Tony Dent 7th Dan

My time as Karateka started as a twelve year old when, escorted by my Father I walked into Mr John Moreton’s Hull Baker Street Dojo, which was named the Central School of Karate. This was on October 14th 1974, which is proof that Martial arts (Karate in particular for me) can become a lifestyle and not just a fad.

Even after all these years I still stay loyal to the teacher who inspired me to try and achieve my potential all those years ago and whom continues to inspire me today to keep attending on those hard training nights and to set goals which are realistic but ambitious.

In everything we do we rely on someone for support and guidance along the way; it may be our Spouse, a friend, a family member or training partner. My Karate has needed all of those mentioned, far too many people to mention by name but all just as important to where I find myself today. However, John Moreton, stands as the most influential person in the development of the Karateka that I am today.

The explosion of Bruce Lee action films on to the cinema screen saw an increase in membership in Karate clubs across the country. David Carradine’s character, Kwai Chang-Caine, in the TV show Kung Fu in the 1970’s inspired my cousin to join a Karate club and I simply joined alongside him at his recommendation.

Memories of my first Dojo are still vivid in my mind. I have no recollection of what the Dojo was used for during business hours but many memories of the evenings activities. If I close my eyes I can still see images of those who would attend. It would be wrong of me to mention people by name for fear of omitting someone who deserves a mention or offending one of the many characters that joined John’s classes. However, what I can say is that when I was a junior there were many people training whom I admired. There were those who I feared and those who even now I wouldn’t be able to work out! Some of these students still continue in the martial arts today although some don’t. Some have moved on to become professional coaches in other sports.

The Dojo itself was far from ideal in today’s climate of health and safety. Long metal grilles that ran down either side of the floor would become dislodged when stepped upon with the risk of serious injury to the person near the other end! Although, to my recollection, no one lost a limb through training at least they didn’t during any of the sessions that I attended! One thing remains certain though; we were all shaped in some way or another by our experiences at the Baker Street Dojo.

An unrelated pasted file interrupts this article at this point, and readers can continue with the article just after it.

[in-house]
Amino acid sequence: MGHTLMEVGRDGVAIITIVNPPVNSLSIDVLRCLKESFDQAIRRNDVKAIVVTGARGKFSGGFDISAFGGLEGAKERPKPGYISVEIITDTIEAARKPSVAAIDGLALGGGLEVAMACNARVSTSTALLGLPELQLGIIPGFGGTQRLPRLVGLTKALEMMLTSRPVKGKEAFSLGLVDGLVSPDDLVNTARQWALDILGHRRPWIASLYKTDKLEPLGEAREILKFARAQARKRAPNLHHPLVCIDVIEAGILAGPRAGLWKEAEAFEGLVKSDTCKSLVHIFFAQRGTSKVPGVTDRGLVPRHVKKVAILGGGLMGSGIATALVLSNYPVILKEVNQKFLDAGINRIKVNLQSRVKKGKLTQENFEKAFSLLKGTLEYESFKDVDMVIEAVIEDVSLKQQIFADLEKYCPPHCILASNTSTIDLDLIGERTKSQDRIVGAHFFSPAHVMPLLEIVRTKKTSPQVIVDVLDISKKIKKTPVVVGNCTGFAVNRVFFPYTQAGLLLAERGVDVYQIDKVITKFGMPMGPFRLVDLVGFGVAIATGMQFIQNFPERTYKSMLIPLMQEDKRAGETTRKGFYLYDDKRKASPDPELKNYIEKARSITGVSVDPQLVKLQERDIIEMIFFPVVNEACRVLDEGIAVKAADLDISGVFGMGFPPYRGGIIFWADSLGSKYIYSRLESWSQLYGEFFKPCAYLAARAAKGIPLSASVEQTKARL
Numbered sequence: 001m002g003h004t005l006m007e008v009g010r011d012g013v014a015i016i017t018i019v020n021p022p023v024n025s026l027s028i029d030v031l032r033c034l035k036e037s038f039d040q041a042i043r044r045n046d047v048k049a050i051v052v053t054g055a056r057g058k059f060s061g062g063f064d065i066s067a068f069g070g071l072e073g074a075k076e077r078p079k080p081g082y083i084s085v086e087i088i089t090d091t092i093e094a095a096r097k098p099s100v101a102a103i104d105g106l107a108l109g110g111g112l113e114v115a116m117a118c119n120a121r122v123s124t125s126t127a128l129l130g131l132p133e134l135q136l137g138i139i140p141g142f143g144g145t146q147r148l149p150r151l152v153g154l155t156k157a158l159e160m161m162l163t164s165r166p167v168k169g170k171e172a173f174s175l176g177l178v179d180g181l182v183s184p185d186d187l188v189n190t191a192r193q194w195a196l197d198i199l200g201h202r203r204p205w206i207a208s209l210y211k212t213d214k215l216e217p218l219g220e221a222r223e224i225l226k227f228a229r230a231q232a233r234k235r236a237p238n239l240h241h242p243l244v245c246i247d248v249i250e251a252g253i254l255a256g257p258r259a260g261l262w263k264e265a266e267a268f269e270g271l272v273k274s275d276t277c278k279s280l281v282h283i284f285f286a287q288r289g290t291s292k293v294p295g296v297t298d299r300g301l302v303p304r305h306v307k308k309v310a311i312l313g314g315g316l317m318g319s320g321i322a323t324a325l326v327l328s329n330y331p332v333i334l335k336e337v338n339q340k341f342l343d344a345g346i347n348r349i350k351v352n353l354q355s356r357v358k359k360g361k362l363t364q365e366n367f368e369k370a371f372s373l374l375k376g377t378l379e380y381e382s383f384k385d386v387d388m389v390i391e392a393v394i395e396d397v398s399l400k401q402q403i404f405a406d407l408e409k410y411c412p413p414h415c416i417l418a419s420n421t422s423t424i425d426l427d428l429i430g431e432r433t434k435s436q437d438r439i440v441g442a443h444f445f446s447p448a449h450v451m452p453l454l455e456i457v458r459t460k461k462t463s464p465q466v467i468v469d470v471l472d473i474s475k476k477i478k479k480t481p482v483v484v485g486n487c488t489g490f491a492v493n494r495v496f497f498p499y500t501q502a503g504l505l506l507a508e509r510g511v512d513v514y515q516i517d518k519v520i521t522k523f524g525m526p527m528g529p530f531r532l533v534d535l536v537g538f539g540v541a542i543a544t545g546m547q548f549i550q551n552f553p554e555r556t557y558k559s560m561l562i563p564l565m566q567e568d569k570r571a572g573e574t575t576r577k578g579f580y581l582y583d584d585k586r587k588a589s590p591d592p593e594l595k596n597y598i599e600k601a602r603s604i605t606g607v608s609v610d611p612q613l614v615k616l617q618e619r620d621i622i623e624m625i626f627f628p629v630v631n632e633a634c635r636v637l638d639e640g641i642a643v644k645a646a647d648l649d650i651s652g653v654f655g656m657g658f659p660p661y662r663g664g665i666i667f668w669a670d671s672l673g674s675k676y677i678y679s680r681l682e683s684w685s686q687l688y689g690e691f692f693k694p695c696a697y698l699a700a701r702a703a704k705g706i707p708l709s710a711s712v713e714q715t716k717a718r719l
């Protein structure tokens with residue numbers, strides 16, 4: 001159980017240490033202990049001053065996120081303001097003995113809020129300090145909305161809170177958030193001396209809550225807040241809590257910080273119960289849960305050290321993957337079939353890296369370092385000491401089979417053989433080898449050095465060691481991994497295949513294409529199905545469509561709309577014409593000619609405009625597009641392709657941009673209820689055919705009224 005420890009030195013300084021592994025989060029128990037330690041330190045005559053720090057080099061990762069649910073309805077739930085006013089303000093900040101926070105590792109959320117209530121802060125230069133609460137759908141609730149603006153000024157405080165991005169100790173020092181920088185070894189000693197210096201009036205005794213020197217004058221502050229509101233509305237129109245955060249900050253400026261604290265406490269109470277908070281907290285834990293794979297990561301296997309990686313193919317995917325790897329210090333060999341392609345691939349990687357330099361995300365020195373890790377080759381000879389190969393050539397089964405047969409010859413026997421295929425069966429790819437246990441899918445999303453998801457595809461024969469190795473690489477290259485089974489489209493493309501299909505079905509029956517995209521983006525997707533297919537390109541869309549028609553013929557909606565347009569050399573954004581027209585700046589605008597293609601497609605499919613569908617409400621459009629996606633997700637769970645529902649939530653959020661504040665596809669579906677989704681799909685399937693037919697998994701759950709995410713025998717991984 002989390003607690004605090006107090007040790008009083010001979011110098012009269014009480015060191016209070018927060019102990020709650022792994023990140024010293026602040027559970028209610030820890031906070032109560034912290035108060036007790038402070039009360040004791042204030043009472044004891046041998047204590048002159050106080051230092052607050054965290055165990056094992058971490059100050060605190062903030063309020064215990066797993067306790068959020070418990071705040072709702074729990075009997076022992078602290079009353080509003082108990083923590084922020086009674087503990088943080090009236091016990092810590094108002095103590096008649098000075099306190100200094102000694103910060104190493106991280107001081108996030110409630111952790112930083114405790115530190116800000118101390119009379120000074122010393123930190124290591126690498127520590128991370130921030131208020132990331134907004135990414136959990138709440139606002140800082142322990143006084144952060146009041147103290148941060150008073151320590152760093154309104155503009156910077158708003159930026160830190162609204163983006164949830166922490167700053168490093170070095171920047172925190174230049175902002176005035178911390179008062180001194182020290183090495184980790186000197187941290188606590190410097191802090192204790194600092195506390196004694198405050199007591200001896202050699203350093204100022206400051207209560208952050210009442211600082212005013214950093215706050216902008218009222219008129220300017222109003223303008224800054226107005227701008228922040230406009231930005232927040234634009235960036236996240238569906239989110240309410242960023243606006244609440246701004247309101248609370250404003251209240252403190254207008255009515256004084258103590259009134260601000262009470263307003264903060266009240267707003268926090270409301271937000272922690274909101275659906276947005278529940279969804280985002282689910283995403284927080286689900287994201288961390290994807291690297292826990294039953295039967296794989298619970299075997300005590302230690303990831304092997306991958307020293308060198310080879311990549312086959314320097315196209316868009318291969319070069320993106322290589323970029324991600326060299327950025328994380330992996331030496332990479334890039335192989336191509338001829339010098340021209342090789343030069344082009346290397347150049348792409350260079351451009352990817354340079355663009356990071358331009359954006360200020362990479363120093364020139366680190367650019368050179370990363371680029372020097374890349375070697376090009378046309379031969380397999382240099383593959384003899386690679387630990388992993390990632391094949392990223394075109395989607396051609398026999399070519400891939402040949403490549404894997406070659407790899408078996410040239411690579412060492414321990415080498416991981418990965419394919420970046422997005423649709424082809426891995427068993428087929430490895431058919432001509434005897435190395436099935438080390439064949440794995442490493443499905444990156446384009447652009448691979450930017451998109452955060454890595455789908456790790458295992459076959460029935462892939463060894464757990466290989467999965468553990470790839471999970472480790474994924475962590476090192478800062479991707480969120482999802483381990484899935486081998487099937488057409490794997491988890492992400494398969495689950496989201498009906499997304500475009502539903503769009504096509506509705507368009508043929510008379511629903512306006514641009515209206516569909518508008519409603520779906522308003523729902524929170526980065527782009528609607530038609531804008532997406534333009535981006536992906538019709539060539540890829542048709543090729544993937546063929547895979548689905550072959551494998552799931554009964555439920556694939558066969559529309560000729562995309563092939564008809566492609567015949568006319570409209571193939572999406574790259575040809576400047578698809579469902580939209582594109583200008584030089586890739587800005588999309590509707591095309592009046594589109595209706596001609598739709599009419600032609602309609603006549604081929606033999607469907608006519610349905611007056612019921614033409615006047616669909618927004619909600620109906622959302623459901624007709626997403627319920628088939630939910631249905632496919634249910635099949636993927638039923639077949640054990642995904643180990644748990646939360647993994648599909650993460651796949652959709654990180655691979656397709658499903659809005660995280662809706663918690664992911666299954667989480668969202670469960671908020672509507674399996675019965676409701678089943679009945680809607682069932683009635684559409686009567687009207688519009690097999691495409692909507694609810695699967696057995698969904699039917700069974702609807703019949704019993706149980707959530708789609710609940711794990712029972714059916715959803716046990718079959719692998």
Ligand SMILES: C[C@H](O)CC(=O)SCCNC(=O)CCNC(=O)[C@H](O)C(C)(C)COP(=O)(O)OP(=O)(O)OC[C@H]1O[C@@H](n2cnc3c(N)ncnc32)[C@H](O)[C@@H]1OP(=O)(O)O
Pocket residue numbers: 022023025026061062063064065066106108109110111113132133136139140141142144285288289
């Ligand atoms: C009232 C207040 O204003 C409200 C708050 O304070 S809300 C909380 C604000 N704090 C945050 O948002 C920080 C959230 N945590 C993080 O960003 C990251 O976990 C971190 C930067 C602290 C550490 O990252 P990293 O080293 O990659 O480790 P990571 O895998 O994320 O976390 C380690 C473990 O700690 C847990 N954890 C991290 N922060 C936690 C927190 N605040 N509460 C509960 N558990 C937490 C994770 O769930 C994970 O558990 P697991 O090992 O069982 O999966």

Training back then was hard work. We would train at least three nights per week with beginners, juniors and senior classes each having their own slots. This often meant there would be more than one class per night. Weekend courses would also be arranged and although you were not expected to attend you would for fear of missing out or falling behind your fellow students. Week long summer camps were also the norm. Training was tough, but I can say without any reservation it was all honest hard work with dedication from all those who participated.

At this time we were affiliated to Mr Tatsuo Suzuki’s UKKW group and I had the pleasure to train under all of his assistant instructors. My fondest memories were training sessions instructed by Mr Sakagami and Mr Kobayashi, both of whom I graded under. Mr Kobayashi graded me to 8th Kyu in January 1975 and this set me on my way. During these times I also received one of my most treasured possessions, my Shodan certificate from Japan, signed by Mr Hironori Otsuka.

My awarded Dan grades are listed below:

  • 1st Dan - 6th August 1977 (on the UKKW summer course in Ramsgate)
  • 2nd Dan - 10th August 1980
  • 3rd Dan - 18th September 1988
  • 4th Dan - 13th October 1992
  • 5th Dan - 24th November 2001
  • 6th Dan - 2008
  • 7th Dan - 2016

Circa 1978 our club moved premises to the YPI on George Street Hull. This new Dojo was not far from Baker Street. However, we were sad to leave the old Dojo as we had such fond memories of the training sessions that we had held there.

1980, or thereabouts, saw two of John’s students begin to teach at their own Dojo with his full support. These instructors, Robin Russell and Jim McDonagh asked me to join them. The St Paul’s Church Hall was hired and training at a club bearing the same name began. As time passed several premises were used but the club has been based for many years now at the St Victors Mission, Walker Street, in Hull. On leaving the St Paul’s venue the name of the club was changed to the ‘Hull Zanshin Karate Club’. Robin and Jim eventually moved on to new ventures leaving me to assume control of the club.